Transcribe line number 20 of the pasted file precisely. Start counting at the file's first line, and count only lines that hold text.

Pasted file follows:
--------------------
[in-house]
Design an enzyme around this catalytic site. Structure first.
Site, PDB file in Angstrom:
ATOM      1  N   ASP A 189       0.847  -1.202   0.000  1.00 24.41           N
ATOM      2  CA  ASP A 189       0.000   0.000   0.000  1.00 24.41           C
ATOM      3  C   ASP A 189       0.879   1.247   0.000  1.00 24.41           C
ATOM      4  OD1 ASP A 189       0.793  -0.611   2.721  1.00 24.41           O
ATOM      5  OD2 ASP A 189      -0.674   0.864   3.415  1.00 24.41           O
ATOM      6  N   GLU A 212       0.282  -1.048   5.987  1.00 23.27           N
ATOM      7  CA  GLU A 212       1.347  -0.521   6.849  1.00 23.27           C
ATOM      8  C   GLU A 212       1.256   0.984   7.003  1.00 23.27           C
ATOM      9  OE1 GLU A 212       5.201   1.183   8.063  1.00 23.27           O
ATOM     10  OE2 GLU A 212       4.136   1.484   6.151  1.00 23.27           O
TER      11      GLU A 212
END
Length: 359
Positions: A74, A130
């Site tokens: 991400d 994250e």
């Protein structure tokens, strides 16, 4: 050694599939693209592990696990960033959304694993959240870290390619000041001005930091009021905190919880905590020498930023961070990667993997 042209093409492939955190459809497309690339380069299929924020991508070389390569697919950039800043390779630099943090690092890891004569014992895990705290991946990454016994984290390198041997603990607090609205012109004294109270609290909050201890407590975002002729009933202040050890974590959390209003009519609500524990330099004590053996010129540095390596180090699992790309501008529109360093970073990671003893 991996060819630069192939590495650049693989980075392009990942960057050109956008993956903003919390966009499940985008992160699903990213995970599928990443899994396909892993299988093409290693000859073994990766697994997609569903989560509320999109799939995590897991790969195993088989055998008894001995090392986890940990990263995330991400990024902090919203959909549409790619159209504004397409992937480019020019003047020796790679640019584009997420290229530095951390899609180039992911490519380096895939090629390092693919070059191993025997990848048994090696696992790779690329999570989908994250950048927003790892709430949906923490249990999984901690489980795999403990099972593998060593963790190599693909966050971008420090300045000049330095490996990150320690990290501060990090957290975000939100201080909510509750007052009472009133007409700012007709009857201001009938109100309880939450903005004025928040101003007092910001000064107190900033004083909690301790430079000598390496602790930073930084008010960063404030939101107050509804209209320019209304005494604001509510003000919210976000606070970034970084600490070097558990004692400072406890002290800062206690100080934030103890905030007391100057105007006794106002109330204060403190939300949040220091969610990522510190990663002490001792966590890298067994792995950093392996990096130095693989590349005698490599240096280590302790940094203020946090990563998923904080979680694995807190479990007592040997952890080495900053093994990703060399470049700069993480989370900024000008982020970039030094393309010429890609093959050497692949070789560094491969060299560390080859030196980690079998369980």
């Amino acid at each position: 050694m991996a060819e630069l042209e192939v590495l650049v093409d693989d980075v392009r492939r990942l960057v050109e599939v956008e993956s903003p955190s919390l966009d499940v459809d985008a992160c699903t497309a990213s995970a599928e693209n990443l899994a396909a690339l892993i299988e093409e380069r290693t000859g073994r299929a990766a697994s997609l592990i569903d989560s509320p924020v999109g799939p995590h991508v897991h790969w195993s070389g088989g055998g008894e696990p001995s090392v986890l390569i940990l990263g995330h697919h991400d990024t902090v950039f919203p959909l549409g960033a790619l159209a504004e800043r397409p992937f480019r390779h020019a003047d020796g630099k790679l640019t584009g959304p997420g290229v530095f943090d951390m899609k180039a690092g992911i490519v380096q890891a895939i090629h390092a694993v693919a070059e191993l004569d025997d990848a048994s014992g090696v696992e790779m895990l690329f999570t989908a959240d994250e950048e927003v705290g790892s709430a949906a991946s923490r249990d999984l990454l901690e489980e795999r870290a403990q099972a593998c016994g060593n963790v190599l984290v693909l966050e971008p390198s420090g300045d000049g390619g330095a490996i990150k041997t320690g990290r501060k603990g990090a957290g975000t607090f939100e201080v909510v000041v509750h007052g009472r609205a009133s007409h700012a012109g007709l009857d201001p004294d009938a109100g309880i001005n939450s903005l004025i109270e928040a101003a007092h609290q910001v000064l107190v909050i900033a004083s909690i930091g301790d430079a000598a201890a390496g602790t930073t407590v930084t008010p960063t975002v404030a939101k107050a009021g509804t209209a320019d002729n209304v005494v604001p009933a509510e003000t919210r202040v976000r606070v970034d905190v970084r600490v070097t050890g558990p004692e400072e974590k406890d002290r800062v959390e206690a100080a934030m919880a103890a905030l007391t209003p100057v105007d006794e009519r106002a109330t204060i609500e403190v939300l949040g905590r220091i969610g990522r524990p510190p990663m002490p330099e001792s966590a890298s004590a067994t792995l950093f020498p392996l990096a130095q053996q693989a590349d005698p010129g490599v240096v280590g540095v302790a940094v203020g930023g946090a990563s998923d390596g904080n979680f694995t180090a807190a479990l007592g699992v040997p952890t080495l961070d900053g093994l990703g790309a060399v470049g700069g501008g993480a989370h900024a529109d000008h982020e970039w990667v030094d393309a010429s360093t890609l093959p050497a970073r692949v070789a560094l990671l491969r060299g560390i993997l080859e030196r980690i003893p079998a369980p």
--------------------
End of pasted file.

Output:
């Amino acid at each position: 050694m991996a060819e630069l042209e192939v590495l650049v093409d693989d980075v392009r492939r990942l960057v050109e599939v956008e993956s903003p955190s919390l966009d499940v459809d985008a992160c699903t497309a990213s995970a599928e693209n990443l899994a396909a690339l892993i299988e093409e380069r290693t000859g073994r299929a990766a697994s997609l592990i569903d989560s509320p924020v999109g799939p995590h991508v897991h790969w195993s070389g088989g055998g008894e696990p001995s090392v986890l390569i940990l990263g995330h697919h991400d990024t902090v950039f919203p959909l549409g960033a790619l159209a504004e800043r397409p992937f480019r390779h020019a003047d020796g630099k790679l640019t584009g959304p997420g290229v530095f943090d951390m899609k180039a690092g992911i490519v380096q890891a895939i090629h390092a694993v693919a070059e191993l004569d025997d990848a048994s014992g090696v696992e790779m895990l690329f999570t989908a959240d994250e950048e927003v705290g790892s709430a949906a991946s923490r249990d999984l990454l901690e489980e795999r870290a403990q099972a593998c016994g060593n963790v190599l984290v693909l966050e971008p390198s420090g300045d000049g390619g330095a490996i990150k041997t320690g990290r501060k603990g990090a957290g975000t607090f939100e201080v909510v000041v509750h007052g009472r609205a009133s007409h700012a012109g007709l009857d201001p004294d009938a109100g309880i001005n939450s903005l004025i109270e928040a101003a007092h609290q910001v000064l107190v909050i900033a004083s909690i930091g301790d430079a000598a201890a390496g602790t930073t407590v930084t008010p960063t975002v404030a939101k107050a009021g509804t209209a320019d002729n209304v005494v604001p009933a509510e003000t919210r202040v976000r606070v970034d905190v970084r600490v070097t050890g558990p004692e400072e974590k406890d002290r800062v959390e206690a100080a934030m919880a103890a905030l007391t209003p100057v105007d006794e009519r106002a109330t204060i609500e403190v939300l949040g905590r220091i969610g990522r524990p510190p990663m002490p330099e001792s966590a890298s004590a067994t792995l950093f020498p392996l990096a130095q053996q693989a590349d005698p010129g490599v240096v280590g540095v302790a940094v203020g930023g946090a990563s998923d390596g904080n979680f694995t180090a807190a479990l007592g699992v040997p952890t080495l961070d900053g093994l990703g790309a060399v470049g700069g501008g993480a989370h900024a529109d000008h982020e970039w990667v030094d393309a010429s360093t890609l093959p050497a970073r692949v070789a560094l990671l491969r060299g560390i993997l080859e030196r980690i003893p079998a369980p």